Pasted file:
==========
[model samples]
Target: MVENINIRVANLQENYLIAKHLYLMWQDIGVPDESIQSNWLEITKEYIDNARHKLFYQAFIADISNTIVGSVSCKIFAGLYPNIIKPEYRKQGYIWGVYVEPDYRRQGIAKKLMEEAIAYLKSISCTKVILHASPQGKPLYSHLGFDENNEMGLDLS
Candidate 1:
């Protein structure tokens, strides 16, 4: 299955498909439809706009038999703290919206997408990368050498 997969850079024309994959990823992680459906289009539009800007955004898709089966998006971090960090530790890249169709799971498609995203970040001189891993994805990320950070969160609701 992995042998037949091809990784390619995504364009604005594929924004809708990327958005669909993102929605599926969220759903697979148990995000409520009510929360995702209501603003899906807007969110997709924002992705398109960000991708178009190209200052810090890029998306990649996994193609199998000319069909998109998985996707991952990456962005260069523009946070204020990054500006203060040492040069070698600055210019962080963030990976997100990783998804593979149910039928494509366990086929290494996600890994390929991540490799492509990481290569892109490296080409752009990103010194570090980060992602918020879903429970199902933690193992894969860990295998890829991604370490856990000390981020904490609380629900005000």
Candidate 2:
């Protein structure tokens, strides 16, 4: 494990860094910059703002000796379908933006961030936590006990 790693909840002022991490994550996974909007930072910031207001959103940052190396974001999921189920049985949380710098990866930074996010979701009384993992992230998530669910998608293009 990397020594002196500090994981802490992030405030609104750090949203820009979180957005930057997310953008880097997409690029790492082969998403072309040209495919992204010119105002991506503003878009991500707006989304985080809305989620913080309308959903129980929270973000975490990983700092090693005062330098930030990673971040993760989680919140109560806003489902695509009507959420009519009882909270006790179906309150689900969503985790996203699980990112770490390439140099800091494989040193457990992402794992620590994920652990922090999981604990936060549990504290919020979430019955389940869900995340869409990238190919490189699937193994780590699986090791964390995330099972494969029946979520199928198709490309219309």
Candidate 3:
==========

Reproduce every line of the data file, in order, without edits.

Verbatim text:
[model samples]
Target: MVENINIRVANLQENYLIAKHLYLMWQDIGVPDESIQSNWLEITKEYIDNARHKLFYQAFIADISNTIVGSVSCKIFAGLYPNIIKPEYRKQGYIWGVYVEPDYRRQGIAKKLMEEAIAYLKSISCTKVILHASPQGKPLYSHLGFDENNEMGLDLS
Candidate 1:
């Protein structure tokens, strides 16, 4: 299955498909439809706009038999703290919206997408990368050498 997969850079024309994959990823992680459906289009539009800007955004898709089966998006971090960090530790890249169709799971498609995203970040001189891993994805990320950070969160609701 992995042998037949091809990784390619995504364009604005594929924004809708990327958005669909993102929605599926969220759903697979148990995000409520009510929360995702209501603003899906807007969110997709924002992705398109960000991708178009190209200052810090890029998306990649996994193609199998000319069909998109998985996707991952990456962005260069523009946070204020990054500006203060040492040069070698600055210019962080963030990976997100990783998804593979149910039928494509366990086929290494996600890994390929991540490799492509990481290569892109490296080409752009990103010194570090980060992602918020879903429970199902933690193992894969860990295998890829991604370490856990000390981020904490609380629900005000």
Candidate 2:
């Protein structure tokens, strides 16, 4: 494990860094910059703002000796379908933006961030936590006990 790693909840002022991490994550996974909007930072910031207001959103940052190396974001999921189920049985949380710098990866930074996010979701009384993992992230998530669910998608293009 990397020594002196500090994981802490992030405030609104750090949203820009979180957005930057997310953008880097997409690029790492082969998403072309040209495919992204010119105002991506503003878009991500707006989304985080809305989620913080309308959903129980929270973000975490990983700092090693005062330098930030990673971040993760989680919140109560806003489902695509009507959420009519009882909270006790179906309150689900969503985790996203699980990112770490390439140099800091494989040193457990992402794992620590994920652990922090999981604990936060549990504290919020979430019955389940869900995340869409990238190919490189699937193994780590699986090791964390995330099972494969029946979520199928198709490309219309």
Candidate 3: